How and where Garcia’s potential meeting with Russia takes place is open to question given in April he was one of 18 people barred from entering the country over what Moscow said were human rights abuses, linked to the lawyer’s arrest and charging of Viktor Bout, a Russian, who is serving a 25-year prison sentence in the U.S. for arms trafficking. News of Garcia’s investigation came ahead of FIFA’s executive committee in Zurich on Thursday and Friday where it will discuss the possibility of moving the 2022 tournament from the usual June and July slot to December. “I will conduct interviews in various places and I hope that those who have some information, even if they are not obliged to give me some, will agree to talk to me,” Garcia told France Football magazine. “My goal is to submit a report that covers the World Cup bidding and awarding process.” Read: FIFA puts heat on Qatar Mark Pieth, who will leave his post as chairman of the Independent Governance Committee at the end of the year, said Garcia’s task isn’t easy. “He’s in a very awkward situation,” Pieth told CNN. “He has no police powers. He can’t just walk into an office in Dubai and say, ‘I want these files and I want all your hard disks.’ “He has to use the techniques of an international investigator and so the big question is, even if there’s evidence around, will he find it? We don’t know. What I can do is make sure he gets the manpower and he gets the resources, the money, to run this.” FIFA’s decision to award Qatar the 2022 tournament has been particularly criticized, with many suggesting the oppressive heat in the Gulf state makes staging the World Cup there impractical and dangerous. Pieth himself said he had “serious doubts” about the procedure used to give Qatar the event. Moving the competition from the northern hemisphere summer to winter could present a number of problems to the sport’s major leagues and major broadcasters. “Deals were signed for a summer World Cup,” Fox Sports reporter Leander Schaerlaeckens told France Football.
Russia 2018: ‘We have nothing to hide’ in World Cup bid investigation
petroleum and gas production this year will hit 50 quadrillion British thermal units, or 25 million barrels of oil equivalent a day, outproducing Russia by 5 quadrillion Btu. Petroleum production includes crude oil, natural gas liquids, condensates, and biofuels. U.S. and Russian energy production over the past two years have been roughly equivalent. Since 2008, U.S. petroleum production has increased 7 quadrillion Btu, with dramatic growth in Texas and North Dakota, the EIA said. U.S. natural gas production has risen 3 quadrillion Btu over the same period, the agency said, while Russia and Saudi Arabia each increased their combined petroleum and natural gas production by about 1 quadrillion Btu since 2008, the EIA said. The EIA data confirm an analysis by The Wall Street Journal on Wednesday, saying the U.S. was poised to overtake Russia as the worlds largest producer this year if it hasnt already. Tapping shale rock for oil and gas has fueled the U.S.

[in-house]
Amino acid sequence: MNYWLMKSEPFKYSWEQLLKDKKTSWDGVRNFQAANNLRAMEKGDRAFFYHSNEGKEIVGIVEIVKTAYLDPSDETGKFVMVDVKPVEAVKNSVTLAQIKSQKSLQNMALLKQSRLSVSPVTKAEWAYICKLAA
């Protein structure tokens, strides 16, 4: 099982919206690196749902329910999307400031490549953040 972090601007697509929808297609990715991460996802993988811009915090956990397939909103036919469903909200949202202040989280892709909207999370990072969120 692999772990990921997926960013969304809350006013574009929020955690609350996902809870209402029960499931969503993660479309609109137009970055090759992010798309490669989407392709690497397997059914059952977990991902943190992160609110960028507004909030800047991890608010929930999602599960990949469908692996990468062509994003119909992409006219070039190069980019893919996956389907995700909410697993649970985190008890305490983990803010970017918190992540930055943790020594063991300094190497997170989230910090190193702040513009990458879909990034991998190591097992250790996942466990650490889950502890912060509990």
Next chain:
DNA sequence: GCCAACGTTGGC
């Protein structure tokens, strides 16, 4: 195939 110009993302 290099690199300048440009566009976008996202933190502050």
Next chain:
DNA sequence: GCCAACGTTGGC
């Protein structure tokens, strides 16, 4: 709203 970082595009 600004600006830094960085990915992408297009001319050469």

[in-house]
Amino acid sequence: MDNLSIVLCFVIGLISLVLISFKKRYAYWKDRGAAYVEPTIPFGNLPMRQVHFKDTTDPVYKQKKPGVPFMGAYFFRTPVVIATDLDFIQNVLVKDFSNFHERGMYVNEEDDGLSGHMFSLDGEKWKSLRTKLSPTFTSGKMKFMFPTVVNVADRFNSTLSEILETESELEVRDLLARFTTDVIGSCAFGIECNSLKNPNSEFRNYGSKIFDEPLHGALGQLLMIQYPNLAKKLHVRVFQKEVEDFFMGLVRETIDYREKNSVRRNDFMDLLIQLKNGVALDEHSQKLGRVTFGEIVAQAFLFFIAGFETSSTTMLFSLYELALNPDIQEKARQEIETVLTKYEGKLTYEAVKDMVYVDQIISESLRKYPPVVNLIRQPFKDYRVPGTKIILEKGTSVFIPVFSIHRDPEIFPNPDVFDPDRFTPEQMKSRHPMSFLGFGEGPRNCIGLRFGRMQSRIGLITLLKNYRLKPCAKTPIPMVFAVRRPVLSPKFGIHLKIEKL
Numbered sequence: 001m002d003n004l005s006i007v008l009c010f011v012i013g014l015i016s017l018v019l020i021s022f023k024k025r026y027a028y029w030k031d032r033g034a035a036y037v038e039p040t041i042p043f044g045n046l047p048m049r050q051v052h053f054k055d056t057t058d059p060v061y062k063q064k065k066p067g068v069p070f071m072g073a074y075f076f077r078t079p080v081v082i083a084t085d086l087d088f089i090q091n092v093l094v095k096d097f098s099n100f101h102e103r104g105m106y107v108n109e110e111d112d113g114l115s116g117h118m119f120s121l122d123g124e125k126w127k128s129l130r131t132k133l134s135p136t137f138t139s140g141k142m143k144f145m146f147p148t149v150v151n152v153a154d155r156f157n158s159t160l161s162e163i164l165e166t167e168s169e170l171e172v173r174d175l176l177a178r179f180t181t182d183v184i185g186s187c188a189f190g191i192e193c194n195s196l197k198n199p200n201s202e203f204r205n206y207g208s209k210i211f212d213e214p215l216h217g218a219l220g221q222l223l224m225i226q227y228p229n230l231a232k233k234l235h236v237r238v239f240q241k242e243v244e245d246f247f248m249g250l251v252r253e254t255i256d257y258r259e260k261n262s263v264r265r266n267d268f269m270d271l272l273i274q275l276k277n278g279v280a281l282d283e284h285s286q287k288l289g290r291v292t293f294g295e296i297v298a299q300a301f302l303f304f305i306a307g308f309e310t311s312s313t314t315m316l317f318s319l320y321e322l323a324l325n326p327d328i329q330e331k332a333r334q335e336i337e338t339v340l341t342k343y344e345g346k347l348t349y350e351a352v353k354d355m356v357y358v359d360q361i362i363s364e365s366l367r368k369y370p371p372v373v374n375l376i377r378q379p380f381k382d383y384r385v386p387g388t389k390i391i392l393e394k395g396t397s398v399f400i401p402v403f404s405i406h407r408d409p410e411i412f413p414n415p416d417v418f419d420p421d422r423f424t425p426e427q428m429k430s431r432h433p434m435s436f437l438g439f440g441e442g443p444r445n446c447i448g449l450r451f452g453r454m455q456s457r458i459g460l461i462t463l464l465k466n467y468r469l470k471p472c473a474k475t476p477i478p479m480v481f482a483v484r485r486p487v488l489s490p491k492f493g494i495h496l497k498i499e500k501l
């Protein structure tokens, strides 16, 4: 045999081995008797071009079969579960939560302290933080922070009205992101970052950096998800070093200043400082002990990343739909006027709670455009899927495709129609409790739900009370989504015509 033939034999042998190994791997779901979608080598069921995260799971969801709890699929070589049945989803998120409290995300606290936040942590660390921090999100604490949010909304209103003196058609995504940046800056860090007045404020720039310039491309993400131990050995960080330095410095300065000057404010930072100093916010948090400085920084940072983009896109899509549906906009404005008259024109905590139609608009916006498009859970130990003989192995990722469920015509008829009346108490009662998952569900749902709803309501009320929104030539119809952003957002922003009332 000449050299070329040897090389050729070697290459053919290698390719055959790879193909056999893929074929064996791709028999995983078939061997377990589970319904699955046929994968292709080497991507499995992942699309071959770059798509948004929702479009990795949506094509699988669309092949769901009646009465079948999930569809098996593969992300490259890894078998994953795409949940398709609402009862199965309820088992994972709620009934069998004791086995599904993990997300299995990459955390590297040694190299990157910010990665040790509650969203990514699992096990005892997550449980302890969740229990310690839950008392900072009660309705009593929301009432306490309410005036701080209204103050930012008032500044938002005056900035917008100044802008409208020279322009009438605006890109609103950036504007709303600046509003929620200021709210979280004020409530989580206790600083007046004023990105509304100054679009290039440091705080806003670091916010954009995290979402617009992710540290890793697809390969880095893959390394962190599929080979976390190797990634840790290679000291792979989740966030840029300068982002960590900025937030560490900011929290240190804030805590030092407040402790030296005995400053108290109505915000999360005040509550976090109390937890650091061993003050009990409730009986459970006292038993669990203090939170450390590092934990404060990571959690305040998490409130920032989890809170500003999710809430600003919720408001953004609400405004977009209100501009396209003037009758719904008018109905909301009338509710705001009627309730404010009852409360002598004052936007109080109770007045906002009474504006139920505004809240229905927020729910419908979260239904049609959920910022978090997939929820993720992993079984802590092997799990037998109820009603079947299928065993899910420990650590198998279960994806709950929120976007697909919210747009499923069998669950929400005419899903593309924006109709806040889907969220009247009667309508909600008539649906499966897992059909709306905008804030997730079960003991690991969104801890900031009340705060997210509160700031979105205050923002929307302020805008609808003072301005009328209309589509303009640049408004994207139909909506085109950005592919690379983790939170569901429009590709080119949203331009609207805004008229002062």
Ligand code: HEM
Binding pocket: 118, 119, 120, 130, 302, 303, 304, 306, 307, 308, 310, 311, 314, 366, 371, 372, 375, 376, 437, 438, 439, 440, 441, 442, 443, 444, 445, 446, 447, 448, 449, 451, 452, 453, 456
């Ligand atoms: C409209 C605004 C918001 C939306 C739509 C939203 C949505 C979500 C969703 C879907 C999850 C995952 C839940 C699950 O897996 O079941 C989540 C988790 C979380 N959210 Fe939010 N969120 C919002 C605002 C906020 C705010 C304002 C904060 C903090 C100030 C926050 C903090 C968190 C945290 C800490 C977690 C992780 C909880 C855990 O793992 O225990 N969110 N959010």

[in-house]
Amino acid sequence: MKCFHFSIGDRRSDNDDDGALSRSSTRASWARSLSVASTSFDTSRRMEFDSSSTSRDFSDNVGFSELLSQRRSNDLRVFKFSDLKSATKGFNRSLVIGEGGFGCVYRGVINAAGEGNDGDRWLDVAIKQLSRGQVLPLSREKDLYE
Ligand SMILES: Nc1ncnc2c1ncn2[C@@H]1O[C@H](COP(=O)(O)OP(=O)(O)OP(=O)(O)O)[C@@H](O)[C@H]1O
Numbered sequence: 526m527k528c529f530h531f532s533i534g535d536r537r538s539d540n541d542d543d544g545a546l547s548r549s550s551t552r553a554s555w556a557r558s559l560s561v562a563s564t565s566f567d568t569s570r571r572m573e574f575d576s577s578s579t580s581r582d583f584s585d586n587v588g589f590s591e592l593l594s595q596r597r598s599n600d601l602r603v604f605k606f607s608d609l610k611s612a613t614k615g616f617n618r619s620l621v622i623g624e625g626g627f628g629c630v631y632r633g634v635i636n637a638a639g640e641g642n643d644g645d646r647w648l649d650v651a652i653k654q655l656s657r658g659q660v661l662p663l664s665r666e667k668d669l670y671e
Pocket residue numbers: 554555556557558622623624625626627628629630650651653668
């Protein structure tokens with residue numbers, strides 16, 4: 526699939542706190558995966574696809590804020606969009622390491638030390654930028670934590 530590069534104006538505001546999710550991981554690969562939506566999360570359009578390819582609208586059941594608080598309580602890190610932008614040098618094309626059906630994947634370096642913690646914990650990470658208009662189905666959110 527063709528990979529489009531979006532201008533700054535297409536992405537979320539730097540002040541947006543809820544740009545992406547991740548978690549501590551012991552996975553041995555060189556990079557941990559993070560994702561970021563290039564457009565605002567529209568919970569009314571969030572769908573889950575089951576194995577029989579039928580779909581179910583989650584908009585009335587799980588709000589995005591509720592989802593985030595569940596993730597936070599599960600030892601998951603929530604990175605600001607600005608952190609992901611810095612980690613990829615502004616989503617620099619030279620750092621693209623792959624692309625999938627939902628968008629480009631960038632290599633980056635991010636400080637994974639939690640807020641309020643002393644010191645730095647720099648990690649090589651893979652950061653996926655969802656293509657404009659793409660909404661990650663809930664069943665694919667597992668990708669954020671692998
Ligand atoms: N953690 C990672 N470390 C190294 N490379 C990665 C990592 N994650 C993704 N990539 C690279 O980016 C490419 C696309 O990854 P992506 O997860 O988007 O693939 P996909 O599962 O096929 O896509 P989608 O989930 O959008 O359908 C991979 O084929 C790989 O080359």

Russia considering total GMO ban
Russian authorities have been on the lookout for illegal GM crops. Recently, the country’s National Association for Genetic Safety (NAGS) conducted its first checks of crops for the presence of GMOs, but none were found in any Belgorod fields. “We remind you that currently, according to the law in Russia , 19 GM lines are allowed in foodstuffs, but the cultivation of GMOs is not allowed,” said GM Watch. After its admission into the World Trade Organization, Russia became obligated to simplify the procedure for registering GM crops, products and feed, seek to stop their safety checks and end controls over their distribution, the GM Watch site reported. A year ago, as Natural News editor Mike Adams, the Health Ranger, reported, Russia banned all imports of GM corn, following an earlier study by French researchers which showed that rats grew massive cancer tumors when fed a lifetime of Monsanto’s genetically modified corn. “The Russian ban is the latest blow to Monsanto, a company desperately clinging to the myth that its genetically modified crops are ‘no different’ than traditional crops and therefore long-term safety testing is completely unnecessary,” Adams wrote, adding that Monsanto criticized the French study but did not duplicate the duration of it in its own testing. French researchers conducted their study over a two-year period, while Monsanto’s study lasted only 90 days. It’s not just Russia being Russia, folks Other nations have also moved to ban GM foods: — Earlier this year, Peru joined Ecuador as the second nation in the Americas to ban GMOs. Local Chef Pedro Miguel Schiaffino summarized the country’s rejection by recalling his decision to stop eating store-bought Roma tomatoes: “They’re a big monoculture, which is why people usually end up using GMOs. Because when you have monocultures, the crops end up getting diseases, and you have to look for these extreme ways to fix them.” Peru, the cradle of the once-great Inca Empire, is the birthplace of the crop , so it says much about a country where you can grow virtually anything to give up GM crops. — In June, South Korea joined a Japanese ban on U.S. wheat imports following an announcement by the U.S.